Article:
In a 5-4 decision on Tuesday, the Supreme Court upheld President Trump’s travel ban which restricts entry into the United States from seven countries: Iran, North Korea, Syria, Libya, Yemen, Somalia and Venezuela.
The vote was split down the middle between the conservative justices and the liberal–Chief Justice John Roberts, Anthony Kennedy, Clarence Thomas, Samuel Alito and Neil Gorsuch voted in favor of the ban, while Ruth Bader Ginsburg, Stephen Breyer, Sonia Sotomayor, and Elena Kagan voted against.
Thousands mentioned countries are seeking refuge in neighboring and distant nations because of civil unrest at home. This is the third iteration of the ban which has been repeatedly struck down in various state federal courts including Hawaii, Virginia New York and California.
The ban, first instituted in January 2017 weeks after Trump took the oath of office, was highly controversial and labeled by the President as a ban against Muslims entering into the country. The administration later tried to argue that it was not the case, but the majority of the countries listed are indeed mostly populated by Muslims.
“The majority here completely sets aside the President’s charged statements about Muslims as irrelevant,” Justice Sotomayor wrote in the courts dissenting opinion. “That holding erodes the foundational principles of religious tolerance that the court elsewhere has so emphatically protected, and it tells members of minority religions in our country ‘that they are outsiders, not full members of the political community.'”
Sotomayor also included historical context, citing the United States stood on the wrong side of history in the past and listed the 1944 Supreme Court decision which upheld the internment of Japanese Americans.
But Justice Roberts argued that President Trump acted within his constitutional rights. “The Proclamation is squarely within the scope of Presidential authority,” Roberts wrote.
Protesting may seem futile as the SCOTUS decision is now the law of the land, but there’s more work to do. Remember at one point slavery and interning Japanese Americans was the law of the land. Here’s a list of protests uprising all over the nation today in response to the Justice’s decision.
SUPPORT THE ACLU & OTHER HUMAN RIGHTS ORGANIZATIONS
Here are a few other organizations doing important work to fight against the Trump administration’s divisive polices: American Civil Liberties Union (ACLU), Amnesty International and the Human Rights Watch. You can contribute by donating your money and/or your time.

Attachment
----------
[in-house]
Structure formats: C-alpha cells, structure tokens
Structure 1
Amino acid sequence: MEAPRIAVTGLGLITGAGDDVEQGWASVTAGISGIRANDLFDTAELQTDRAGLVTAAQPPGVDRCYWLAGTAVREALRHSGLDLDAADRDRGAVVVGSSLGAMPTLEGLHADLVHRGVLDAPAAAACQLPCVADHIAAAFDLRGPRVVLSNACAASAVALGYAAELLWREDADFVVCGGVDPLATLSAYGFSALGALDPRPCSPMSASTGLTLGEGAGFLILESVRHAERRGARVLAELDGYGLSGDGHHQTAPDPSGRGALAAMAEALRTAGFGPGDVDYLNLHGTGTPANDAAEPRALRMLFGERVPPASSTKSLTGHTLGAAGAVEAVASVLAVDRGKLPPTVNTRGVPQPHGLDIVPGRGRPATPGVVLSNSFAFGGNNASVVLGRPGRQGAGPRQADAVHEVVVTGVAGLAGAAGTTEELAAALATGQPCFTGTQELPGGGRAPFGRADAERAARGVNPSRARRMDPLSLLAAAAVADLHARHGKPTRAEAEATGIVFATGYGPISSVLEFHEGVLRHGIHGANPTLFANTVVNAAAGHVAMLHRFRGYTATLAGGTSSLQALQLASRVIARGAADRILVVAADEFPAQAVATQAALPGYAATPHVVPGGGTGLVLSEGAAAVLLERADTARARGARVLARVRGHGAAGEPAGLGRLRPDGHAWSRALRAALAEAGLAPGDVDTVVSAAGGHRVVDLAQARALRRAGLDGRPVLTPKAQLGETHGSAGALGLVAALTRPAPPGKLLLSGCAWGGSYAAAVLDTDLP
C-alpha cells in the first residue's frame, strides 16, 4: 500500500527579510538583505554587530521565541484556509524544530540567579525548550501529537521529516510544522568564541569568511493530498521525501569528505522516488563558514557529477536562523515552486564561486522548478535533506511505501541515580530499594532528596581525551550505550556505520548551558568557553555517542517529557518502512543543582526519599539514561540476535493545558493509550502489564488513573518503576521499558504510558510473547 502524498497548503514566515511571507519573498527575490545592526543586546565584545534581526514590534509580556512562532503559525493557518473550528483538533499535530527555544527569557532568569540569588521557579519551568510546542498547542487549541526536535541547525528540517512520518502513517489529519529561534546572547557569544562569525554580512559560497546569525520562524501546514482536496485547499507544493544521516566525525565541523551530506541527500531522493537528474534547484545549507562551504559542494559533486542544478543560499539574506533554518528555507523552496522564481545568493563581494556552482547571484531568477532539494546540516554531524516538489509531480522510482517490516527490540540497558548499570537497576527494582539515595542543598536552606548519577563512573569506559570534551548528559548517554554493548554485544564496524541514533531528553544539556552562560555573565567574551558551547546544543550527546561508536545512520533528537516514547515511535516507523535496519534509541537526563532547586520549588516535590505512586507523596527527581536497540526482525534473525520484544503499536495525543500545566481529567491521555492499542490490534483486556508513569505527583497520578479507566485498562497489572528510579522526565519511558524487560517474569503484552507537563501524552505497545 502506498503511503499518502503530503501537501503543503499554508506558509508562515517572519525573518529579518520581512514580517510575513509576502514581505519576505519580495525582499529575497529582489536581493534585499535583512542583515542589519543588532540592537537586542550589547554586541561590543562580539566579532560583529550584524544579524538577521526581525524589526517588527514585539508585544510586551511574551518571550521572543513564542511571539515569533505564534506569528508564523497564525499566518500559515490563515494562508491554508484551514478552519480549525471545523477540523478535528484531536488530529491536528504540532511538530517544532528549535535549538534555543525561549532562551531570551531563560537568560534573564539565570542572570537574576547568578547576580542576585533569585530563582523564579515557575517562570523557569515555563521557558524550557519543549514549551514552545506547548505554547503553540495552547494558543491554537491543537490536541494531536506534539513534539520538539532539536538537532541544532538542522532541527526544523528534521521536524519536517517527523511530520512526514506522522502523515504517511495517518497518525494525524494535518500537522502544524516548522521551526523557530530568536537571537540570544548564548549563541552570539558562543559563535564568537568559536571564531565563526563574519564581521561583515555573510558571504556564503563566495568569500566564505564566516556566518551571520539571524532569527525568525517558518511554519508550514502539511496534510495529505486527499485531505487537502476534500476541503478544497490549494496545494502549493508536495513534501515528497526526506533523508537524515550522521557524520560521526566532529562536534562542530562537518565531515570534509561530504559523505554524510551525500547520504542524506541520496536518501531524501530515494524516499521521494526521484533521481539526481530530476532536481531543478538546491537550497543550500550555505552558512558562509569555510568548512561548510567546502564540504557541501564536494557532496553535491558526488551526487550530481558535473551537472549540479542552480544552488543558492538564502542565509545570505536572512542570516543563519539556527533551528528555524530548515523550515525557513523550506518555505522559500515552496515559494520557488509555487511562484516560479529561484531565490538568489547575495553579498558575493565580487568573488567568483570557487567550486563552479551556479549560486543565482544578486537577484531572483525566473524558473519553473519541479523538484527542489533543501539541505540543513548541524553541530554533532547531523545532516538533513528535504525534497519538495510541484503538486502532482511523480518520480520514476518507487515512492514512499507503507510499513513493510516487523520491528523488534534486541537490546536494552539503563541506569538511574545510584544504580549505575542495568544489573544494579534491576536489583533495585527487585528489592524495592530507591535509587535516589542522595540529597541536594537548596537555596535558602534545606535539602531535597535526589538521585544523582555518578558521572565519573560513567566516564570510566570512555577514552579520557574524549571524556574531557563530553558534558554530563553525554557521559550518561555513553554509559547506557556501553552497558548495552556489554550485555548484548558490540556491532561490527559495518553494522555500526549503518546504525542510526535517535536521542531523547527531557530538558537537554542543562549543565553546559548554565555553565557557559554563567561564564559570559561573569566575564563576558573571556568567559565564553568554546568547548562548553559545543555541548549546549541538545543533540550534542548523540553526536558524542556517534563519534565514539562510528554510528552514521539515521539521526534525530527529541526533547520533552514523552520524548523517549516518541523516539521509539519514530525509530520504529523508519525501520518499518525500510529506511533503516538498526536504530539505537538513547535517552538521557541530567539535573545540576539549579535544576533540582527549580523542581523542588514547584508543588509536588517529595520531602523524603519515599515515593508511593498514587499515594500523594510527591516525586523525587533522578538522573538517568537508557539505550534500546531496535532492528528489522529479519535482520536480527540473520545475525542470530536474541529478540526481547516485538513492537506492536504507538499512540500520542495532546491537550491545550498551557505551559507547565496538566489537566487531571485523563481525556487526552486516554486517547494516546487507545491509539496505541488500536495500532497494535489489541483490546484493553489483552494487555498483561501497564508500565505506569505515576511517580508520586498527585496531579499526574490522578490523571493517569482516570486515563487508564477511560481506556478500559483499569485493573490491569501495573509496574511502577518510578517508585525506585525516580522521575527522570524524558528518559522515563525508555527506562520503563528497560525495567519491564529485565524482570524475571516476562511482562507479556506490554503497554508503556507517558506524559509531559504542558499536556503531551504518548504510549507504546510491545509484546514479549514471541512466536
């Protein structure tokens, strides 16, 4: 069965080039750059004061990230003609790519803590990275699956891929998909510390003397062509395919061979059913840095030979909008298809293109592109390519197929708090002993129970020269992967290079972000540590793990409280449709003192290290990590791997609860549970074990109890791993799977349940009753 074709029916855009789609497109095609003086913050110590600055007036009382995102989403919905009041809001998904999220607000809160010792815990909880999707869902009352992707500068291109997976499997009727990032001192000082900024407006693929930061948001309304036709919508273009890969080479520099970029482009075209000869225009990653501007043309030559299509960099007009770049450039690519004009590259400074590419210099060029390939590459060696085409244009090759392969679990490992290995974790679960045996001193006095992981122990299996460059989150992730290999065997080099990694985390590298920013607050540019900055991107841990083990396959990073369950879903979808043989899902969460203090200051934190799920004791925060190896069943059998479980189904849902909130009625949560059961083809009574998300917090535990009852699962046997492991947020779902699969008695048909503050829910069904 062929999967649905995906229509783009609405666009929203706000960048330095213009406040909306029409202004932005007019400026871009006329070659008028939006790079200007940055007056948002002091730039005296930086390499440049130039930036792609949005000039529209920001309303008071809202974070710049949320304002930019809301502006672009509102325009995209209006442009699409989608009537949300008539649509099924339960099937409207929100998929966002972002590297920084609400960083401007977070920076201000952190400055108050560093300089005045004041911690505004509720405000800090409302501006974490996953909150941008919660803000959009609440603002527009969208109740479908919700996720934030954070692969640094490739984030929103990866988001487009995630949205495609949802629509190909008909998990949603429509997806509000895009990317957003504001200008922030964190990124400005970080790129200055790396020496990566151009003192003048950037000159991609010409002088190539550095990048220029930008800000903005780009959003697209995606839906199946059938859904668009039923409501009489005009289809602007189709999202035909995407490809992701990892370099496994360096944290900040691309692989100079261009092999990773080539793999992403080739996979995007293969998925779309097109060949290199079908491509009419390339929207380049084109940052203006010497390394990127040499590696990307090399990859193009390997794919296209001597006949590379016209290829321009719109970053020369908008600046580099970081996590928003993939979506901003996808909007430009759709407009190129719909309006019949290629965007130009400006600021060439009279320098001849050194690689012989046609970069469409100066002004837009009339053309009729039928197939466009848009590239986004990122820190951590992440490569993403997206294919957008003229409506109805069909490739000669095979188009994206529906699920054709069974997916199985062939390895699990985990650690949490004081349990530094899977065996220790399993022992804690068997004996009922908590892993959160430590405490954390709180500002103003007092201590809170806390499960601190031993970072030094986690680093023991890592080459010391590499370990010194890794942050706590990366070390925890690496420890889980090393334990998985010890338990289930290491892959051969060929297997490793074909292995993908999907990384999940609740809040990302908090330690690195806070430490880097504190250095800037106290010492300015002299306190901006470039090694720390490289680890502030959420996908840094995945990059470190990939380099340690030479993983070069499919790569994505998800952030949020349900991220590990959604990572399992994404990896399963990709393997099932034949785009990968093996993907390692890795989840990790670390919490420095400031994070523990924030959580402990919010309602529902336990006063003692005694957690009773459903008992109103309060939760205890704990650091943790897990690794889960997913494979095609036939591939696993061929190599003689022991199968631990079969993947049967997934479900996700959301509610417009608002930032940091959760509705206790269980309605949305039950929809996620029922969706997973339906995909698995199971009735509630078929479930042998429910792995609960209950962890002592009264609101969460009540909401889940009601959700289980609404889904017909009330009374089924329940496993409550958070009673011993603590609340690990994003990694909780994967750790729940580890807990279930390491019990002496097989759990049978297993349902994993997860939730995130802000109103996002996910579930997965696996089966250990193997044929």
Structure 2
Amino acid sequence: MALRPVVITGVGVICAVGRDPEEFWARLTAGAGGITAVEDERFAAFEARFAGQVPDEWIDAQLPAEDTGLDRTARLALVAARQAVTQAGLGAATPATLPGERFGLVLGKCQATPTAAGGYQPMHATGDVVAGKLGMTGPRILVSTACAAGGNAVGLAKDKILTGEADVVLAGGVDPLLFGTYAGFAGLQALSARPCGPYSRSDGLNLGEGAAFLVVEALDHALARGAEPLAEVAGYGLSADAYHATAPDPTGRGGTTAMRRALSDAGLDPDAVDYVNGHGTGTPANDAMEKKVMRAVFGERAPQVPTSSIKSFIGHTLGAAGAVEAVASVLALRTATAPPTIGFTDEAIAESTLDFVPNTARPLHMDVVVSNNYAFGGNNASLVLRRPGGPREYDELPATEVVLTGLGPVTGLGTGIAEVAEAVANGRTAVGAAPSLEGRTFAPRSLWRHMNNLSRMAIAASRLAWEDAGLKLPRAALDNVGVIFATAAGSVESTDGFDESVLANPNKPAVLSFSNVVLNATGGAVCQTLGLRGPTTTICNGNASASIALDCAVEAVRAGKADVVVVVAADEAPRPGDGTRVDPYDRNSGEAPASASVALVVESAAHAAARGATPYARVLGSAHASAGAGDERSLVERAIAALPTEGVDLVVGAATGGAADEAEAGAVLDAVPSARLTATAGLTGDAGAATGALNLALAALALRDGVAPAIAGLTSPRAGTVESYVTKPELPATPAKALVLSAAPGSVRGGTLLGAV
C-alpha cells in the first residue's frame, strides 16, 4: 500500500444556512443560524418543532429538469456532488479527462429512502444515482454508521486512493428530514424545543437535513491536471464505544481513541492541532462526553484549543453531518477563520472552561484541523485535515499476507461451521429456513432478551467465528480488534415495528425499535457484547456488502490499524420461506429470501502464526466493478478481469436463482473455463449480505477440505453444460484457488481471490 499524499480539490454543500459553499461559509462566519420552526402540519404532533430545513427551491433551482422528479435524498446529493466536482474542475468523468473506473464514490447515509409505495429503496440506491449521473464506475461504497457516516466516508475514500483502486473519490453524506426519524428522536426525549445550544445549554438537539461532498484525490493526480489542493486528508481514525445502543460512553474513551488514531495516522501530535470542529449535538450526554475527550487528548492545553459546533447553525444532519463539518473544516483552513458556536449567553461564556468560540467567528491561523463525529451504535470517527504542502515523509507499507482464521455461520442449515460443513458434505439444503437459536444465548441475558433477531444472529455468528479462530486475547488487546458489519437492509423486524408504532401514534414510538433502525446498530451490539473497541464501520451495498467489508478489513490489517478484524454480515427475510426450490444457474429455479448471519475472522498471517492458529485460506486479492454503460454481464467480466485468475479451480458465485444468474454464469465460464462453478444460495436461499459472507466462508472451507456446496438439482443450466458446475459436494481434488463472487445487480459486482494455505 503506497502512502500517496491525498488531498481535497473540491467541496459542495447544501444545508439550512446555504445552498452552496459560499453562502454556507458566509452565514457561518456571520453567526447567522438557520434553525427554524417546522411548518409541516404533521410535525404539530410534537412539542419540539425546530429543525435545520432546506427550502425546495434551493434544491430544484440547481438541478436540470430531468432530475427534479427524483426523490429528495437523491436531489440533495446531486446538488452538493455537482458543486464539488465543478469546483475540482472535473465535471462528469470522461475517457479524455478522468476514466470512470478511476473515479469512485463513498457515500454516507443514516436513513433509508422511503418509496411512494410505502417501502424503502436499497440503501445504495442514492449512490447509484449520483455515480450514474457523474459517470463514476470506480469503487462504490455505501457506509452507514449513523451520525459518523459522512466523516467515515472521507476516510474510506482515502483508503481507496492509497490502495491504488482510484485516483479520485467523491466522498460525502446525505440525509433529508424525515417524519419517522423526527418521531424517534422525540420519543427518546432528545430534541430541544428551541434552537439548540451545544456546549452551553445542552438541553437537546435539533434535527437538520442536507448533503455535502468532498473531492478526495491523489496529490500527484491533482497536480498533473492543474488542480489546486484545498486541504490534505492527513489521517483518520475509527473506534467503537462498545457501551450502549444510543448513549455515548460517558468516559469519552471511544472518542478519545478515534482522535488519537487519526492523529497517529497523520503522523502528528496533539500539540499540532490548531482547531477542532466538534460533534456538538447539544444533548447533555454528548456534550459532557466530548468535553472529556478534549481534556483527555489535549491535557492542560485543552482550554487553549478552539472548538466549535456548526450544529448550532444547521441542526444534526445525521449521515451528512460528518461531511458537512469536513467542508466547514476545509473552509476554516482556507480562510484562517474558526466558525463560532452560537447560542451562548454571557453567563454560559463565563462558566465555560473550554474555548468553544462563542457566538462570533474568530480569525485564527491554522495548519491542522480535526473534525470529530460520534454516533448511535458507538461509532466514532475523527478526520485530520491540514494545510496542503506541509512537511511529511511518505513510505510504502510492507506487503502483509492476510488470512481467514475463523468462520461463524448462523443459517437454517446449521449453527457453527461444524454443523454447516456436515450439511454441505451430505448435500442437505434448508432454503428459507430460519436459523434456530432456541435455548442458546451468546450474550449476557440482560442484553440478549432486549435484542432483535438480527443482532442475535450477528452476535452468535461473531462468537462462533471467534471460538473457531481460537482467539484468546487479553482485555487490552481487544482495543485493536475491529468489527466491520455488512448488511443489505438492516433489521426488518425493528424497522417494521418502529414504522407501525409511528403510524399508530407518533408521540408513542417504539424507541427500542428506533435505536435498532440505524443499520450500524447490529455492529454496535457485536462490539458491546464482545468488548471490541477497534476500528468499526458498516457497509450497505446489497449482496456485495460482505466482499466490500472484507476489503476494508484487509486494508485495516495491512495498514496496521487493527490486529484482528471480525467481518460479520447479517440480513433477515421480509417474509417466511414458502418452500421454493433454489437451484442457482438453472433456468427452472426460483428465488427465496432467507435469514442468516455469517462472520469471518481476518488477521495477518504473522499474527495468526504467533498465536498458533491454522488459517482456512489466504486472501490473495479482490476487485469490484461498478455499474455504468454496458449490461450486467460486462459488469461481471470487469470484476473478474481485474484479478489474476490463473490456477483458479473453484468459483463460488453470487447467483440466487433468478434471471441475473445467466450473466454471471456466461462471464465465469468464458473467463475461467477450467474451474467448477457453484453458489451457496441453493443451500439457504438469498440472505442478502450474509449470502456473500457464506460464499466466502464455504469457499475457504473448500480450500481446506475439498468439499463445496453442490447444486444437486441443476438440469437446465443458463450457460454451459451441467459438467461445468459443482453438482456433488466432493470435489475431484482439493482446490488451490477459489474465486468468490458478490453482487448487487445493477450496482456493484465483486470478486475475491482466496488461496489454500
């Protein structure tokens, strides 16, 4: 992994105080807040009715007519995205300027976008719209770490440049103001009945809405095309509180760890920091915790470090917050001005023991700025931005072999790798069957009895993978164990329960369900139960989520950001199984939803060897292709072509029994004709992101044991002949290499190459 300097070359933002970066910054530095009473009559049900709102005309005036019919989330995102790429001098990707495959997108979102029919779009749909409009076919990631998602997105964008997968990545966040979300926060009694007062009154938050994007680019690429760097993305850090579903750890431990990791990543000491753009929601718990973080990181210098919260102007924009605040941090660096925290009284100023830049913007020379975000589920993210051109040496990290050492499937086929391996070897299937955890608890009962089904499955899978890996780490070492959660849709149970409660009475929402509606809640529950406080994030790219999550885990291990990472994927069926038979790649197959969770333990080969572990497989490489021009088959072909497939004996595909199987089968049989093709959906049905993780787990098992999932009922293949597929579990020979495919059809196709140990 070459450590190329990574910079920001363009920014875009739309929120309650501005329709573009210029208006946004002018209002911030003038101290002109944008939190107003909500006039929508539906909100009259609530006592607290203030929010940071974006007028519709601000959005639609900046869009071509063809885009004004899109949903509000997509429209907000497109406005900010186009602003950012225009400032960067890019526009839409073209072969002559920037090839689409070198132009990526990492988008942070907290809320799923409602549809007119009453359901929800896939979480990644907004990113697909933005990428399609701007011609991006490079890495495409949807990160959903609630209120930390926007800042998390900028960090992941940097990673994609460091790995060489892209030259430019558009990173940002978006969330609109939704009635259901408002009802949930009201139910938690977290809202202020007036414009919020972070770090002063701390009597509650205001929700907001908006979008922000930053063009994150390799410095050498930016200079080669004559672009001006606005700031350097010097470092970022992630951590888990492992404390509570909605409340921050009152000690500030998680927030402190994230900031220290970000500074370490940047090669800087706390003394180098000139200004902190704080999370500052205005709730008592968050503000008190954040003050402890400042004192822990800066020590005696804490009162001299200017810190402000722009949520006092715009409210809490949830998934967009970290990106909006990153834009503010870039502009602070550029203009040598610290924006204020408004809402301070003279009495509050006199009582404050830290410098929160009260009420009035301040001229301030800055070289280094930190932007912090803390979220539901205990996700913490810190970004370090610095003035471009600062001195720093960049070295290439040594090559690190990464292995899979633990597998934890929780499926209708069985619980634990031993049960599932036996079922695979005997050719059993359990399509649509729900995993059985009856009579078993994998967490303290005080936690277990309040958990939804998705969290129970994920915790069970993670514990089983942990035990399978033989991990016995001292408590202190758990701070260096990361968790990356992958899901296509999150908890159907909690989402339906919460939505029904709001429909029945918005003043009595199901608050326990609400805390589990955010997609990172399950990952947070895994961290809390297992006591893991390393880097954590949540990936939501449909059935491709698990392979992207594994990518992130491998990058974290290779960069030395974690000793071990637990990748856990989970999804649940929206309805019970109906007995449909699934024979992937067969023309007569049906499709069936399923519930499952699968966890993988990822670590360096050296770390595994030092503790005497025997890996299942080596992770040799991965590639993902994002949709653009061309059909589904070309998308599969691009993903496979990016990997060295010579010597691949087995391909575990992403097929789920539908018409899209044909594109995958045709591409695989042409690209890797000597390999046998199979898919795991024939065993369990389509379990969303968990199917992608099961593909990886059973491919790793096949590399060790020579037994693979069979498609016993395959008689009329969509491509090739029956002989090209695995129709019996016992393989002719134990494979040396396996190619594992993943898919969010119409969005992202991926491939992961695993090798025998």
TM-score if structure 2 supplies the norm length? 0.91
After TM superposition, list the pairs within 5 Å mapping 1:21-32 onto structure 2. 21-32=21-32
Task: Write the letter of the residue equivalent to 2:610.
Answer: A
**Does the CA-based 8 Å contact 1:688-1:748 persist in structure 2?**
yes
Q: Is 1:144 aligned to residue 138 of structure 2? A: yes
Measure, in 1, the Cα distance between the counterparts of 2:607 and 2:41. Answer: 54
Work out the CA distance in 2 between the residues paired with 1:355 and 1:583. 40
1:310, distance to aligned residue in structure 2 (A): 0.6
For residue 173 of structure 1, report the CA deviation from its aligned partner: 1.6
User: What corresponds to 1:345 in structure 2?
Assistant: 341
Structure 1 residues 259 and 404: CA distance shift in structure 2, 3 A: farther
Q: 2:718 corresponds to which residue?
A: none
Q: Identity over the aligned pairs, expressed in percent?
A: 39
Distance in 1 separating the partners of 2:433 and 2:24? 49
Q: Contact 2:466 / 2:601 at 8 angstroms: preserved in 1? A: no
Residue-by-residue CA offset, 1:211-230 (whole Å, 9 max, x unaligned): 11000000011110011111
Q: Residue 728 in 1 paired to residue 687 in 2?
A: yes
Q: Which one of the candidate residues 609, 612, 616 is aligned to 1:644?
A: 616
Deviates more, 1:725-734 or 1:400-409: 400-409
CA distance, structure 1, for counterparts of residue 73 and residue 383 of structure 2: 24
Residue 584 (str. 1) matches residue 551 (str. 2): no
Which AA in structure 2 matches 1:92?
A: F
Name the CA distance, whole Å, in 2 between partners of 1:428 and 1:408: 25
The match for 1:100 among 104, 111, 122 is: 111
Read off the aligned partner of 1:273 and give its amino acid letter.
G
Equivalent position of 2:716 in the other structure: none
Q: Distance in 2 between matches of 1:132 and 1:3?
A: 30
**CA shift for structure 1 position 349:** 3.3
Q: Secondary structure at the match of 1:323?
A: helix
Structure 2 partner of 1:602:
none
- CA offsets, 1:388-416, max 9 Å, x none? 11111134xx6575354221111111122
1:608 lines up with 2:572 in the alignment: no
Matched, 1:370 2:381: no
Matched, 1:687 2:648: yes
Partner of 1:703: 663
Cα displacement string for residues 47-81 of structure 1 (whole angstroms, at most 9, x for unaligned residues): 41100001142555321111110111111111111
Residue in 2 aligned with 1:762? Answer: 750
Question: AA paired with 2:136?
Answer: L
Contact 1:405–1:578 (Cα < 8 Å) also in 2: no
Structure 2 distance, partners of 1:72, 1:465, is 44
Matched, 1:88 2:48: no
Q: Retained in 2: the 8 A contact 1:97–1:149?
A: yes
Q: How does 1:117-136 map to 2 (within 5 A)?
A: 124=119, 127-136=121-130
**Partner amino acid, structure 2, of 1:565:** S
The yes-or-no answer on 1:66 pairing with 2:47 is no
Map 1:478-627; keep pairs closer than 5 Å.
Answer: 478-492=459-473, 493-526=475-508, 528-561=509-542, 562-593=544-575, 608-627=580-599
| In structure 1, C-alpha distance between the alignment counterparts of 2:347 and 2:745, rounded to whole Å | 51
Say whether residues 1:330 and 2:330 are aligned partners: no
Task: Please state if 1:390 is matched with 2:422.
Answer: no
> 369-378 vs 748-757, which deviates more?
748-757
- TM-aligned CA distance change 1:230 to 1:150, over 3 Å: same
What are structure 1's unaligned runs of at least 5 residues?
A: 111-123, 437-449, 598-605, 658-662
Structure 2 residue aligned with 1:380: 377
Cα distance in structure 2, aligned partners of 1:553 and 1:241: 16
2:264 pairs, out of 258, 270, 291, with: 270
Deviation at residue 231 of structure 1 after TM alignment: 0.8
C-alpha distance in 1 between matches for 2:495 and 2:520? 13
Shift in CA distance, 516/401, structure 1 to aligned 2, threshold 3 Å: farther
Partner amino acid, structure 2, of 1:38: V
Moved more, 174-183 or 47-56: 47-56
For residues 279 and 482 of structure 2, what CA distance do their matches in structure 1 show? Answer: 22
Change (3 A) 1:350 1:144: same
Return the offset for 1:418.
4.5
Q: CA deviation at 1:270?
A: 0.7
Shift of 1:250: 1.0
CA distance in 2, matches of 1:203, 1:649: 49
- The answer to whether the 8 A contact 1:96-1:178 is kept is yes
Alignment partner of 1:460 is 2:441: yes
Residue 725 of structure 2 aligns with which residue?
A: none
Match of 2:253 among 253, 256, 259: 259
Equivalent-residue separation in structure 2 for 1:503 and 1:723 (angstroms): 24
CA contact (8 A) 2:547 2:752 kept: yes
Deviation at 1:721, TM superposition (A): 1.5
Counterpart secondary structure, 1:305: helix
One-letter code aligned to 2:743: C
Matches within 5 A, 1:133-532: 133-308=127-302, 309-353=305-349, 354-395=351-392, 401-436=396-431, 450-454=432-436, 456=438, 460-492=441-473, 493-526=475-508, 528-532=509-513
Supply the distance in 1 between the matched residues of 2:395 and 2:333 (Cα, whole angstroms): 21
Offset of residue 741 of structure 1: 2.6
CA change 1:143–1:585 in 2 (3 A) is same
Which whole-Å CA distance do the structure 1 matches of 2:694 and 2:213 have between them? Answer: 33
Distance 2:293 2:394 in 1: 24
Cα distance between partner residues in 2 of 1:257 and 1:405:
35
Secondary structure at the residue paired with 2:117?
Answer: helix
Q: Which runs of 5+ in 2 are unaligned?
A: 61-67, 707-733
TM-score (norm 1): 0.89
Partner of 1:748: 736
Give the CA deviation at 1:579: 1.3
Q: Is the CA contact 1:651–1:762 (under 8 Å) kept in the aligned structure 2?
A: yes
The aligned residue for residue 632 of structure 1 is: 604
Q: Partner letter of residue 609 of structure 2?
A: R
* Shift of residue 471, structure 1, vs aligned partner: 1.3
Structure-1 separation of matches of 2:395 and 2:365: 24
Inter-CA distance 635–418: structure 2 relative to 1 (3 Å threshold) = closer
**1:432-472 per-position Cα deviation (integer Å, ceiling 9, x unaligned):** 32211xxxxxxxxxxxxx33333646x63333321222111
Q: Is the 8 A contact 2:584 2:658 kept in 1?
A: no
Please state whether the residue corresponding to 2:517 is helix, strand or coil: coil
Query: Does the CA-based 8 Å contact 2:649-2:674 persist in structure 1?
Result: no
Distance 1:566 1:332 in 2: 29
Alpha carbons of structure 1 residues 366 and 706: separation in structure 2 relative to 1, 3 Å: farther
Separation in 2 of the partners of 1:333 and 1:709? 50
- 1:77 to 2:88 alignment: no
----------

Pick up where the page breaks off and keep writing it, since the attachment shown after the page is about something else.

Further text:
CONTACT YOUR ELECTED OFFICIALS
Through the phone or through social media, let your local congressman, senators, state senators and governors and state attorney generals. You can find contact information for your local officials here.
VOLUNTEER AT A LOCAL ORGANIZATION WHICH SUPPORTS REFUGEE COMMUNITIES
Find a local org that works to support, nurture and create safe spaces for the communities affected by the ban. Many people are living in fear of deportation and discrimination. You can find opportunities here and here.
VOTE IN NOVEMBER MIDERMS
Midterms offer a chance to replace ineffective elected officials who serve your best interest. Don’t be complacent this year, midterms are a major determinate for the presidential elections!
The mantra “voting matters” really hits home in moments like this. But how did we get here?
A mostly conservative bench was key in passing the ban–due to the fact that each president is usually allowed to nominate at least one person to the court. The death of Justice Antonin Scalia in 2016 left an open seat on the bench during President Obama’s presidency. However Congress failed to vote to confirm Obama’s nominee, Merrick Garland. When Trump came into office, the open seat left him open to nominate Neil Gorsuch who was confirmed by the senate in April 2017. Many argue that if Garland were seated on the bench, the tide would have changed the majority vote.
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